Therapeutic hypothermia in practice

There are some forms of treatment which sound great in principle, but prove to be remarkably difficult to implement in practice. Perhaps therapeutic hypothermia as treatment for unconscious adults after out of hospital cardiac arrest might fall into this category? Not according to Patil and colleagues (see page 971) who describe how it was successfully implemented in a district general hospital. They report that therapeutic hypothermia was achieved easily in most cases using a combination of cold intravenous fluids and simple external cooling systems. Close cooperation between staff in intensive care and the emergency department appears to be the key to success.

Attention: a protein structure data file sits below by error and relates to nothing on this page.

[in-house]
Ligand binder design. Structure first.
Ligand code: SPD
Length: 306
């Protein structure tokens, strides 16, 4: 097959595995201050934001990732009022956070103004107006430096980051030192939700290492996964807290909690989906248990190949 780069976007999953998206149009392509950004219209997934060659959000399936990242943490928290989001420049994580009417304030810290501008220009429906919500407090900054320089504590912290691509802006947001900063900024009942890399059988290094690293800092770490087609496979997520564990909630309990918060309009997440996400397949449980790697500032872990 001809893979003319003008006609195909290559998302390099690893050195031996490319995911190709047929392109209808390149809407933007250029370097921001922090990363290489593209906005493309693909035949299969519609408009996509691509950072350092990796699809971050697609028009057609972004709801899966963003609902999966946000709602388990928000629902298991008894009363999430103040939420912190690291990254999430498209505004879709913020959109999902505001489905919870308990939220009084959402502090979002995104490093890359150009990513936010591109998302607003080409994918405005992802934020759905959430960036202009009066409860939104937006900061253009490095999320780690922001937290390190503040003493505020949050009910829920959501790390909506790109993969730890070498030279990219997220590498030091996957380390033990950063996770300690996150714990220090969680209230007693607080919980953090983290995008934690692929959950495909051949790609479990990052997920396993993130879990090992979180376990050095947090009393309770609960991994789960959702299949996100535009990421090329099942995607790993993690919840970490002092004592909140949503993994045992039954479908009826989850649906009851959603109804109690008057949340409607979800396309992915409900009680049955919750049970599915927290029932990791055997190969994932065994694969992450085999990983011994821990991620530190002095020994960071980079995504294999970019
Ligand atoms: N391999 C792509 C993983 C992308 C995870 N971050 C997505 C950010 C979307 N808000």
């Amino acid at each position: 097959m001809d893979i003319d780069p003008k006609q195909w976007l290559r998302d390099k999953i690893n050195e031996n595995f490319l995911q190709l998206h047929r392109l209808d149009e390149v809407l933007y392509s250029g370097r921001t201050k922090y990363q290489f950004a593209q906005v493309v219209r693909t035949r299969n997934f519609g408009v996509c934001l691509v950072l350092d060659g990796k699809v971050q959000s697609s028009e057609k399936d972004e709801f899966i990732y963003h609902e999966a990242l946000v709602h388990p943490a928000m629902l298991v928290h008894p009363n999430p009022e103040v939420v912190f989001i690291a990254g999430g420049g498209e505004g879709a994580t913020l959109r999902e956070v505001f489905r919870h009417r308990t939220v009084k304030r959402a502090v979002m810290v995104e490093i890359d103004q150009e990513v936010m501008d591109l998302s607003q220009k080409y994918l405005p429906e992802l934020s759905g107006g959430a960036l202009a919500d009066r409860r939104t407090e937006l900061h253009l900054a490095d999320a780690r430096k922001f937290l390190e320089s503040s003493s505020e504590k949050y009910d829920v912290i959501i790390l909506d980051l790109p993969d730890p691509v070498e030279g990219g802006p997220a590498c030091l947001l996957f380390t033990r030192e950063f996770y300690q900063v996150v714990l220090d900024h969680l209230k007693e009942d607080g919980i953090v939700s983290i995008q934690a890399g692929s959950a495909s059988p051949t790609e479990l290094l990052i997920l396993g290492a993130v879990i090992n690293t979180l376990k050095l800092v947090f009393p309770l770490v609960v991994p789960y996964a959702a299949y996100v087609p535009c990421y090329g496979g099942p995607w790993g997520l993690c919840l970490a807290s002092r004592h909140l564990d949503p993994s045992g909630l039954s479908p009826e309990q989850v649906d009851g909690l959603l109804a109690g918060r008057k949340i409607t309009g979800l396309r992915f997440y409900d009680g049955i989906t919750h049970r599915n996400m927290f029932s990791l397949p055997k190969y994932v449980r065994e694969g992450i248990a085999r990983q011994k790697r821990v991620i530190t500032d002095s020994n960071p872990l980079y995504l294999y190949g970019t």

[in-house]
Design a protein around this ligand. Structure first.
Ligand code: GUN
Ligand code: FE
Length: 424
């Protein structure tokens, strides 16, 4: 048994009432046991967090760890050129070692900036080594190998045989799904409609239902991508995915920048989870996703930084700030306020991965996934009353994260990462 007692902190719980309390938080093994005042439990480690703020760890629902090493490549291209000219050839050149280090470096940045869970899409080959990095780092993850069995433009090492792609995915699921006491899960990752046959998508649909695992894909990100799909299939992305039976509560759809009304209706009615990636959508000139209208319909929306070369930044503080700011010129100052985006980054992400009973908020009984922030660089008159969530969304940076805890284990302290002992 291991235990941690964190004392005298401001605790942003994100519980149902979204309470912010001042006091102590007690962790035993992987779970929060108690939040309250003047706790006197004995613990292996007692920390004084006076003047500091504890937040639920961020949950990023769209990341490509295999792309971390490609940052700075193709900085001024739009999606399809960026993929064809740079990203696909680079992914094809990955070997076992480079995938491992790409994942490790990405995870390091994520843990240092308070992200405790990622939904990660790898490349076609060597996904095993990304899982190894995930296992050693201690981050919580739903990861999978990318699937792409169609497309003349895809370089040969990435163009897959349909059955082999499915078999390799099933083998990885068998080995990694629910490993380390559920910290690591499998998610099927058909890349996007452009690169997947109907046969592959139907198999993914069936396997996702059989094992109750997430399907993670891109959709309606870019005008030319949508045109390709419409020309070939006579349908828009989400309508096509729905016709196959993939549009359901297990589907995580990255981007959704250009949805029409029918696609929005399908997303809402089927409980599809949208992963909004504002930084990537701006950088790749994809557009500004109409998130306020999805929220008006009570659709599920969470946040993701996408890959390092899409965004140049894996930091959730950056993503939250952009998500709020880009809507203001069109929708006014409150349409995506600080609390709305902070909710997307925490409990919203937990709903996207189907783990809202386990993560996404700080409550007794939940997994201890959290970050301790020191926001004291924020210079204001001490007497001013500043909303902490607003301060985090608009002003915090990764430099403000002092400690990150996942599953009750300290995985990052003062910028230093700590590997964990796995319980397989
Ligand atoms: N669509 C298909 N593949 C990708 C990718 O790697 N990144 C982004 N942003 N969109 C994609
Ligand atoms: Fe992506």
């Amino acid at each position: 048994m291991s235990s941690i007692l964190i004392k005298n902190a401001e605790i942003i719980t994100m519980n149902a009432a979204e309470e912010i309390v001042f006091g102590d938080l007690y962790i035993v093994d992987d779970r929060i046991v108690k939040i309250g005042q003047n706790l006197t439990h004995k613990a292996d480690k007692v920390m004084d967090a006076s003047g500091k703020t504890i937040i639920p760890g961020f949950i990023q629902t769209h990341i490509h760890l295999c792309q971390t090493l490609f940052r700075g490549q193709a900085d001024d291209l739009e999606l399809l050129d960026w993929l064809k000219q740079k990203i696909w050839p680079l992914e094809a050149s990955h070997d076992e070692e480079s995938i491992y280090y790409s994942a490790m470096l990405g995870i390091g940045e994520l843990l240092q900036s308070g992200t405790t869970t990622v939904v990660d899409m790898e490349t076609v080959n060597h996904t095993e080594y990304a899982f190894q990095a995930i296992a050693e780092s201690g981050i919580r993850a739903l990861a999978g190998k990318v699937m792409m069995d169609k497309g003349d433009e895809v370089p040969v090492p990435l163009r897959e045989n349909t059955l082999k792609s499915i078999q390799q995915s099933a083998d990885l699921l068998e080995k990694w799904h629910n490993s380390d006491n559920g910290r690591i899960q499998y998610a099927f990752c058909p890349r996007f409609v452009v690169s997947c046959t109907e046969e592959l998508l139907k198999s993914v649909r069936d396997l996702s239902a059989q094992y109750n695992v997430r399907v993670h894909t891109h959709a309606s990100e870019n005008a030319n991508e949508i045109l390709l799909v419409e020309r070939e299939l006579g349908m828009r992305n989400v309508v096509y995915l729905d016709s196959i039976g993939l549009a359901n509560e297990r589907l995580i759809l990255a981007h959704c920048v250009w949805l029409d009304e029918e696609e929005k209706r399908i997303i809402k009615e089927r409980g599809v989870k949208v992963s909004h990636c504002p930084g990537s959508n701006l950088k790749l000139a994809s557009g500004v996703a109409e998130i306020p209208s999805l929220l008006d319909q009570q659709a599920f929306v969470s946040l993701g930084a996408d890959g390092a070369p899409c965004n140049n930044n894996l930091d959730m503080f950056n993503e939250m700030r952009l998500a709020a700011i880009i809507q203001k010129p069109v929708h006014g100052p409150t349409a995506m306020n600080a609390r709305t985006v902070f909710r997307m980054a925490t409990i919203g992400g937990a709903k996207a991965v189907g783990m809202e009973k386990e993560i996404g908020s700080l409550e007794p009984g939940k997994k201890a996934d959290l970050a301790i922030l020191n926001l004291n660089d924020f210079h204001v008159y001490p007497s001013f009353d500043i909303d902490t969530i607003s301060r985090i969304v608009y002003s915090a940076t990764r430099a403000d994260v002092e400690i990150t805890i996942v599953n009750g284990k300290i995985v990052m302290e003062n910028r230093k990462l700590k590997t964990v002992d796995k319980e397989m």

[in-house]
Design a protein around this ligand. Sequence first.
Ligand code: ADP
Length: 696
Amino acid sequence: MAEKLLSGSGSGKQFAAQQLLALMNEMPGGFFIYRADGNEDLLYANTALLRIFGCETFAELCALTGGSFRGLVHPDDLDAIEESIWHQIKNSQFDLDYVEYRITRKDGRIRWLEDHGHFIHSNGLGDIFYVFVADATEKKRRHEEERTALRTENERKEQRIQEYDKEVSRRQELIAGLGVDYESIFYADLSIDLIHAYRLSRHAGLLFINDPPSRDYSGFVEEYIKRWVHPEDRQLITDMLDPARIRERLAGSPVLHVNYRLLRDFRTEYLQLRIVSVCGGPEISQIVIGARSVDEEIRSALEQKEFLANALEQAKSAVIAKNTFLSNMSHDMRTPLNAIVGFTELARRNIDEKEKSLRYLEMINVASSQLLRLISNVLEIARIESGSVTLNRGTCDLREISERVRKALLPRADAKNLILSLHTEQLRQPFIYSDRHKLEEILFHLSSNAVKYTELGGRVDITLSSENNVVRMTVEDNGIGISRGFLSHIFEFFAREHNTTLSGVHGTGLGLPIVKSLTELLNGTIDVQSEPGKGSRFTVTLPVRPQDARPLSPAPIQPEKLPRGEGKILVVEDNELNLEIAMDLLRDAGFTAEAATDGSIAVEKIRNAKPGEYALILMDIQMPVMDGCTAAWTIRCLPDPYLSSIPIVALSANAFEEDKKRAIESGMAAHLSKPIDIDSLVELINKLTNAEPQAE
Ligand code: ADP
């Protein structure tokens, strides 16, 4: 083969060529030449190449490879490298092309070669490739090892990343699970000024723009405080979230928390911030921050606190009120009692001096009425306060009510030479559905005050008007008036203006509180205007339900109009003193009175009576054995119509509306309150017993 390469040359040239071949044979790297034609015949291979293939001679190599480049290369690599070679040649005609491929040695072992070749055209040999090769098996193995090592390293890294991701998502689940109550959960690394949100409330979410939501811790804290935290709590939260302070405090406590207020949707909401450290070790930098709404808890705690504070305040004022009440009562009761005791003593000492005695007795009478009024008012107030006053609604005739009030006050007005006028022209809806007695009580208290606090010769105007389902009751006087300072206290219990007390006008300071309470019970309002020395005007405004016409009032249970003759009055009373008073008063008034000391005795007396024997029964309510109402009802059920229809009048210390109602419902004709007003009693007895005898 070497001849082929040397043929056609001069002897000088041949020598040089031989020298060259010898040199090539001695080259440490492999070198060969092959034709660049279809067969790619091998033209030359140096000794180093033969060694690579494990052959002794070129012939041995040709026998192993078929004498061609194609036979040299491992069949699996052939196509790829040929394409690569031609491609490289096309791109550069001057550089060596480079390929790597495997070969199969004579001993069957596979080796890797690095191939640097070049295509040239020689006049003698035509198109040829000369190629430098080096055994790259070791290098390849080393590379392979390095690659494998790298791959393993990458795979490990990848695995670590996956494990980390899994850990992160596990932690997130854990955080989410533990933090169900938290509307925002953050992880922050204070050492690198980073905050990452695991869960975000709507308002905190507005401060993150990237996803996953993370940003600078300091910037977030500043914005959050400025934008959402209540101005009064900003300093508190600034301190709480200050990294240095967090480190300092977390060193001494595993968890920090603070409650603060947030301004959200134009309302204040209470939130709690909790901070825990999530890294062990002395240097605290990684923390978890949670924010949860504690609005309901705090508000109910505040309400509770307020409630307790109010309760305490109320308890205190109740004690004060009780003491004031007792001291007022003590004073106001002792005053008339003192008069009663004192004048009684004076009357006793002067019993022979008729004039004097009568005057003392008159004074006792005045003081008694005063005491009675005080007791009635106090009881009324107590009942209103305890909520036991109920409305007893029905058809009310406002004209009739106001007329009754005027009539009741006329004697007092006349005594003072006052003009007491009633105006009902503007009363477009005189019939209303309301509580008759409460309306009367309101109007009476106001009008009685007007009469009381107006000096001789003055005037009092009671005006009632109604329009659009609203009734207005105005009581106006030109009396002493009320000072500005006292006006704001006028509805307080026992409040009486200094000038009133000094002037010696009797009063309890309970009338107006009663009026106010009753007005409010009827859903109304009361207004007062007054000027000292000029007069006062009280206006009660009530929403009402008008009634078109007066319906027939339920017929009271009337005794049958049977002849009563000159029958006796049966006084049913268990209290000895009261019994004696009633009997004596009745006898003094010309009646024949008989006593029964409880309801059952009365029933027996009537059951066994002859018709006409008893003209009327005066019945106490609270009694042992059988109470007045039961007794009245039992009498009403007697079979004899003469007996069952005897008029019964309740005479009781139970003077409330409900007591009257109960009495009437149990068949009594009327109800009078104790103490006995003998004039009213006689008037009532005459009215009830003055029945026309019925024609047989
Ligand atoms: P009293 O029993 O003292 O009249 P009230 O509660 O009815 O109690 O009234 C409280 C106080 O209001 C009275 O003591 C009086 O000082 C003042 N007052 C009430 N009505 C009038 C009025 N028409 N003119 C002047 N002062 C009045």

Predicting admission at triage

At a time when pressure on hospital beds appears to be higher than ever, so too is the pressure to ensure that patients presenting to the emergency department are seen, treated and either admitted or discharged as rapidly as possible. It would seem to be logical that the hospital system would cope most easily if there was the largest possible amount of time available to prepare for all admissions. With this in mind, researchers from Southampton have investigated whether or not nurses performing triage within the emergency department may be able to accurately predict the need for hospital admission. The results of a prospective study of almost 3000 patients might surprise some and be difficult to explain. (see page 960).

Single rescuer resuscitation